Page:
OSU-OKC expands virtual, online services to support students
OSU-OKC expands virtual and online services to support students
Online tutoring, virtual labs and video chat support highlight efforts to keep students on track
OKLAHOMA CITY (April 29, 2020) – When Oklahoma State University-Oklahoma City student Jay Perez found out COVID-19 would cause classes to be moved online for the remainder of the spring semester, he was worried about how it might affect his ability to learn trigonometry.
“I've never even looked at this material before; it’s all new to me,” Perez said.
However, extra steps taken by his professor, Mo Niazi, have made the transition easier than expected.
“I was definitely nervous about this going into it, but I am really glad that professor Niazi is posting videos on YouTube; and he's having video conferences during regular class hours to help his students,” Perez said.
Perez, a business management major at Oklahoma State University-Oklahoma City (OSU-OKC), said despite the challenges of the new online environment, the structure provided by the university and his accommodating instructors have “been extremely helpful” in keeping him on track.
That structure was implemented by officials at OSU-OKC when the impact of the COVID-19 pandemic on higher education institutions began to come into focus. The faculty and staff at the university moved quickly to ensure they could provide strong instructional outcomes for students by increasing or developing as many online or virtual options as possible.
“As an academic community we had meetings and early discussions about what seemed inevitable based on the spread of COVID-19 on the east and west coasts,” said Joey Fronheiser, vice president of Academic Affairs at OSU-OKC. “Academic leadership were meeting during the week of spring break and communicating with faculty who were already making plans for online classes.”
Plans included not only the implementation of online classes, but the roll-out of virtual lab simulations, online tutoring and support, and even virtual academic advising.
One thing that worked in OSU-OKC’s favor is that about half of the university’s classes already were online, and 80 percent of all classes are taught by faculty with experience and expertise in high-quality online instruction, Fronheiser said.
Tracy Edwards, associate vice president of Academic Affairs at OSU-OKC, said university leaders focused on equipping faculty members with the tools to be able to connect with students.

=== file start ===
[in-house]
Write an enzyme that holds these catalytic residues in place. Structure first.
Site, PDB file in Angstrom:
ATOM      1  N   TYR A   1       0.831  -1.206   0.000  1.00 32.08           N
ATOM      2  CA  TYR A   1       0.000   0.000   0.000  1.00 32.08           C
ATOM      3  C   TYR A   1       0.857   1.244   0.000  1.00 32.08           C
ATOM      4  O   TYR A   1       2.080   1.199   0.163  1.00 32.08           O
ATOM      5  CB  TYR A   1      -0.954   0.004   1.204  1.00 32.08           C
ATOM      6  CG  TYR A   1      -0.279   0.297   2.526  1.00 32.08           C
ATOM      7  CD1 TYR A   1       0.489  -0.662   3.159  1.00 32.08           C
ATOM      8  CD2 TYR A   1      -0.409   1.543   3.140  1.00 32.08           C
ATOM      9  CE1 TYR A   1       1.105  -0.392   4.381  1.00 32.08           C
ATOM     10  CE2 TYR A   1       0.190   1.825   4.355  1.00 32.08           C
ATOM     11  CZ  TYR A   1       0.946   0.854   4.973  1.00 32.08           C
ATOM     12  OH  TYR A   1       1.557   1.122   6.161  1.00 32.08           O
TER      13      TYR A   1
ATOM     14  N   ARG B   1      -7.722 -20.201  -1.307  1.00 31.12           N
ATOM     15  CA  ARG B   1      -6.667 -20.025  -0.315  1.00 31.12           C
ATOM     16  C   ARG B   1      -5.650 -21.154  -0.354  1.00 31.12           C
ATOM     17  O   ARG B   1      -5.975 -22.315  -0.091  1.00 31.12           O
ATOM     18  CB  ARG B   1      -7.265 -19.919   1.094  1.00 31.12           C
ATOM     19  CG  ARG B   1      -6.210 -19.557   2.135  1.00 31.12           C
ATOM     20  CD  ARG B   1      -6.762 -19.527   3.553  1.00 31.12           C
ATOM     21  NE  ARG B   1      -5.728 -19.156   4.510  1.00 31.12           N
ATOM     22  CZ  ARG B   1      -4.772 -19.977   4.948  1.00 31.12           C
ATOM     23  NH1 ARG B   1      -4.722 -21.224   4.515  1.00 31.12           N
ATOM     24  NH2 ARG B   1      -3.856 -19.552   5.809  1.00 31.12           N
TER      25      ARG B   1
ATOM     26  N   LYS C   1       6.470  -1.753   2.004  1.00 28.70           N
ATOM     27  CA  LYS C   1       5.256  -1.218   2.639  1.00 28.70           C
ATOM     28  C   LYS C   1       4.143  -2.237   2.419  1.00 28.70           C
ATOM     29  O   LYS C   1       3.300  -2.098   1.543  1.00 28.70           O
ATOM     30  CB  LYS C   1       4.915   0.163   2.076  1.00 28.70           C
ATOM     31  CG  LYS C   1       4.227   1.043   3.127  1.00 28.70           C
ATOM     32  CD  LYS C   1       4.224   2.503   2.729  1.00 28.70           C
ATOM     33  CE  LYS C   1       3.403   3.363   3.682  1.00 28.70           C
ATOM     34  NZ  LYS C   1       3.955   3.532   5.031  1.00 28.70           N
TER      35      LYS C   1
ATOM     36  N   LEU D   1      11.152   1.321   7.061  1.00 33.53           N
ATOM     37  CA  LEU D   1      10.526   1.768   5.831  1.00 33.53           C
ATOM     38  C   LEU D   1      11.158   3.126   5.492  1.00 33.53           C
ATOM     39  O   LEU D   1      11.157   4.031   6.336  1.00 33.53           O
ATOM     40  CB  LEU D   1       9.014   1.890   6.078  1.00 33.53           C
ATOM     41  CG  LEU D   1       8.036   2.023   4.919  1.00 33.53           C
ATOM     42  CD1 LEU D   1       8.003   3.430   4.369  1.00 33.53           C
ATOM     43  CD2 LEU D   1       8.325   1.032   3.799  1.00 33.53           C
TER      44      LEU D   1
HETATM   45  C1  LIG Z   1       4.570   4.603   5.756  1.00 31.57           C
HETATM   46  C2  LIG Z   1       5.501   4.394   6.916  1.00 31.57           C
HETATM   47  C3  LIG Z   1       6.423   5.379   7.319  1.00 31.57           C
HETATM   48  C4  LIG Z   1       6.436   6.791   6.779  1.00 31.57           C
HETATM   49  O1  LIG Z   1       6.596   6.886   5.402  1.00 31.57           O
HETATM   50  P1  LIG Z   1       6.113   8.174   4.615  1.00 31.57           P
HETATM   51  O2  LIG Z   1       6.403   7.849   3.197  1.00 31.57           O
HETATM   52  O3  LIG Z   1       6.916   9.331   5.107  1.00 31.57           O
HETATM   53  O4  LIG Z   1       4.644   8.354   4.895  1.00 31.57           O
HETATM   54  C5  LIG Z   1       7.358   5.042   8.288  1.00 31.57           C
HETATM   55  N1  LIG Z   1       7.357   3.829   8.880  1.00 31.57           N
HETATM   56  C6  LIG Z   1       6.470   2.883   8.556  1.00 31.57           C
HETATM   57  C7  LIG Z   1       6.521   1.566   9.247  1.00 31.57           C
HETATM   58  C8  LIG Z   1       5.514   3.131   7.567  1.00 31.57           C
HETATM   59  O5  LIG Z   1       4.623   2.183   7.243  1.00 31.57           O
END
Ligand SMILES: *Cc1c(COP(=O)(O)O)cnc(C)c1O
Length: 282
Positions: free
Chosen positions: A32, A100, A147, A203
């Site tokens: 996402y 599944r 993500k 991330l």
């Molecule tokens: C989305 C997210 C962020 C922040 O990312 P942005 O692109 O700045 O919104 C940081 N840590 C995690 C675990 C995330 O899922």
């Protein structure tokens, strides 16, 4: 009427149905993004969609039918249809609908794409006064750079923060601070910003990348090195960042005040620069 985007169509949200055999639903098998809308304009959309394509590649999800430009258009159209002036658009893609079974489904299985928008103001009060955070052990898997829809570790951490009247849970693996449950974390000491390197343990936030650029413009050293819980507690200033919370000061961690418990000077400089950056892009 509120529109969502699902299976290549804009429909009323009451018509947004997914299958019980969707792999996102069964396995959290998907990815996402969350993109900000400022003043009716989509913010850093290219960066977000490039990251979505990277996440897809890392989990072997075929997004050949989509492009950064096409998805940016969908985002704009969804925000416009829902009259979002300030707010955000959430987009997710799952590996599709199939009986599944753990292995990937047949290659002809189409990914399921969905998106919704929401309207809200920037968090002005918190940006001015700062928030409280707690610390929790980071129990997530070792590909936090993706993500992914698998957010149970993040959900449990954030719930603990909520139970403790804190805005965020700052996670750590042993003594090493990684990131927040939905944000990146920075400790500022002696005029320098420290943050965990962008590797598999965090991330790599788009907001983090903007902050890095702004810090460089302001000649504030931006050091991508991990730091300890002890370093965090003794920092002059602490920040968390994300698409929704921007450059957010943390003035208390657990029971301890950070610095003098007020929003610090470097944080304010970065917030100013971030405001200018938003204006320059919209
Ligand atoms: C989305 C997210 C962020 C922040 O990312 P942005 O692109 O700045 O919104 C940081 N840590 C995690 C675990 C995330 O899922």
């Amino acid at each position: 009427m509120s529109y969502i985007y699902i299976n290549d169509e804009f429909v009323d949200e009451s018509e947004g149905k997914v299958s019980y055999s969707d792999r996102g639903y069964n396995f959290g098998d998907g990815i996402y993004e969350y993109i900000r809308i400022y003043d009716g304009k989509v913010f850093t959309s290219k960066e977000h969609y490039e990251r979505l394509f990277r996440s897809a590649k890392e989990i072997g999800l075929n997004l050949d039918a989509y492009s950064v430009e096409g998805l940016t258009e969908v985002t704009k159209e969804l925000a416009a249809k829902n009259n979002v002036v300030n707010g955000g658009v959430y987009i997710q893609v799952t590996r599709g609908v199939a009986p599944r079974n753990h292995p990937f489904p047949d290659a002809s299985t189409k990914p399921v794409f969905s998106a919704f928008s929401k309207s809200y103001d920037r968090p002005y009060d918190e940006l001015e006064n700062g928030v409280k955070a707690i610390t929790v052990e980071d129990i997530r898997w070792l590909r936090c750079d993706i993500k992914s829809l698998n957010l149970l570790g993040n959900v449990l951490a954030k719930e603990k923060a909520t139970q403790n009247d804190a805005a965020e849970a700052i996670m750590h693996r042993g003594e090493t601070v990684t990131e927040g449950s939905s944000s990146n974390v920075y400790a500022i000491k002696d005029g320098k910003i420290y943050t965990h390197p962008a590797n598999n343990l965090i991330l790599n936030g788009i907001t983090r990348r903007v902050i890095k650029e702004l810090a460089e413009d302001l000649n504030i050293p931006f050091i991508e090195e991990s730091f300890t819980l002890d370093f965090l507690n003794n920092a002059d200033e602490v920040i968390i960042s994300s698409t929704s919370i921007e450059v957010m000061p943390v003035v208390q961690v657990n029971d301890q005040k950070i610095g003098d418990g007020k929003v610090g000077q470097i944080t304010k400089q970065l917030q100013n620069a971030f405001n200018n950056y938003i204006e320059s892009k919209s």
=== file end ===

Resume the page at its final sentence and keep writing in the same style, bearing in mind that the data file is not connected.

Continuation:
“Engaging with students is one of the challenges with switching to online-only instruction,” Edwards said.
To help address that issue, all faculty at OSU-OKC were provided a licensed Zoom account to allow for digital face-to-face meetings with students.
That’s not the only method of connection. The university’s online classroom platform, Canvas, provides conferencing functions for classes, as well as study groups and meetings.
Instructors also made efforts to connect with students outside of the virtual classroom setting.
In March, a handful of faculty and staff gathered online with members of the school’s Video Game Club to play video games together. Faculty streamed the event and provided streaming coverage of other gaming playthroughs.
“This not only allowed the group to feel some sense of belonging during this time, but also it allowed students the opportunity to share how they were managing the social isolation,” Edwards said.
To provide increased academic support, the school’s Student Success and Opportunity Center has implemented remote tutoring to help keep students up to speed. Hosted through the Canvas platform, the project went from idea to implementation in three days. OSU-OKC students also have access to an online tutoring vendor 24/7.
In the school’s Science Department, instructors have utilized lab simulations to re-create the traditional lab experience, department head Evan Burkala said.
“These offer a good representation of experimental procedures, gathering data, and interpretations of that data,” Burkala said. “Some instructors are coming in to film a demonstration of experiments and results where no substitute will offer a comparable experience to face-to-face instruction.”
Another resource the school stood up is its virtual academic advising platform. The platform allows current or prospective students to meet face-to-face with an academic advisor through a live video chat. The technology allows students to experience a personal connection with university staff even when they can’t leave their home, Edwards said.
“In fact, our advisement staff held several webinars this month to teach other schools around the country how to implement the advising platform,” he said.
Edwards noted that all the measures the school has implemented have one thing in common.
“It’s all about making a commitment to student success,” he said.
For more information about OSU-OKC’s virtual and online services, go to www.osuokc.edu/virtualcampus.
For media inquiries:
Nick Trougakos, OSU-OKC – firstname.lastname@example.org – (405) 945-9196
About Oklahoma State University-Oklahoma City
Oklahoma State University-Oklahoma City (OSU-OKC) is part of the modern land-grant system of Oklahoma State University. OSU-OKC is a two-year public institution, offering more than 40 degrees and certificate options. Through quality education, a supportive environment, leadership training and service opportunities, OSU-OKC trains students to work and educates them to lead. OSU-OKC graduates are found throughout the community serving as police officers, firefighters, nurses, teachers, healthcare professionals and business owners. More information is available at www.osuokc.edu.